Getting treatment can change the picture, even before a diagnosis. The beginning of psychosis may be delayed by medication according to the Yale School of Medicine. The use of anti-psychotic drugs can "lower or delay" the rate of psychotic events in youth who seem to be developing early signs of schizophrenia.
Treatment today involves low-dose, anti-psychotic medications, education, coaching/counselling and support. The more you know, the better you will cope. Ask questions and get your family or friends involved. Bring them to appointments and invite them to get help through family support programs (see resources). Build a personal support network. Apathy and depression, two commons symptoms of psychosis, can be so challenging, building a personal, informed support network is important.
Medication is an important part of treating psychosis as it reduces symptoms and prevents relapse. The medications used for treating psychosis are called antipsychotics and are usually divided into two categories.
- Typical antipsychotics are older medications which include haloperidol, loxapine and many others
- Atypical antipsychotics are newer medications which include risperidone, olanzapine, quetiapine and clozapine
- There are also other medications that are sometimes used along with antipsychotics, depending on the symptoms. For example, antidepressants or mood stabilizers may be used for problems with mood
Antipsychotics differ in terms of side effects. Many side effects are reduced over time and some people do not have any side effects at all. If you are prescribed a medication and have any questions or concerns about it or any side effects, it is important to speak with your treatment team or your doctor. Often, a medication can be adjusted or changed to reduce side effects.
Part of the treatment process can be getting support through a local agency. Working with your peers in a group to learn to manage issues like lack of motivation, maintaining a normal schedule, managing stress, staying connected to friends and prior activities can be an important part of recovering from earlier symptoms. One-to-one counselling can help you regain your composure and confidence or get a job. The counsellor can help you and your family to better manage all parts of your life.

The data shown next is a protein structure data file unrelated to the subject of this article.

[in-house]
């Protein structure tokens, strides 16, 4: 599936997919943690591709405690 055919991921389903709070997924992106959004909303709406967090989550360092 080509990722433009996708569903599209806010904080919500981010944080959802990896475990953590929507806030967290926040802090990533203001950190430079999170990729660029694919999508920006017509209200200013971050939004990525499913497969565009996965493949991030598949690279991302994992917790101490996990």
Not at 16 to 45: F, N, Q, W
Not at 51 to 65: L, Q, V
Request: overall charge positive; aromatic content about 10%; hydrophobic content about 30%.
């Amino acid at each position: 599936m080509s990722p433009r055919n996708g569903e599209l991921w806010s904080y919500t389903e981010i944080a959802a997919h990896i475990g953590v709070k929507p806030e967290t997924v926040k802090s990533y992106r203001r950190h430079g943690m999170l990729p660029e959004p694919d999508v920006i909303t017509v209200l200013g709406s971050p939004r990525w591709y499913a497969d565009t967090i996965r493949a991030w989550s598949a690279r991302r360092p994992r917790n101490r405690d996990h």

In short, counselling whether peer, group or one-to-one can help you regain active control of your life.
For how family can help support a loved one, click here.
Most people who get into treatment early will have good recovery. The earlier psychosis is treated the greater the chance for a successful recovery. If psychosis is left untreated there is often a greater disruption in relationship and life plans like school and work. Sometimes people in treatment will still have some symptoms but they can learn how to cope with them.
Recovery is Different for Each Person. Treated symptoms can quickly disappear or diminish enough that you can get on with your life. Some people may need weeks or months to recover. There will be other individuals who will need medication and support for the rest of their lives. Some individuals will be treated in hospital and some will be treated on an out patient basis or a combination of both at different times.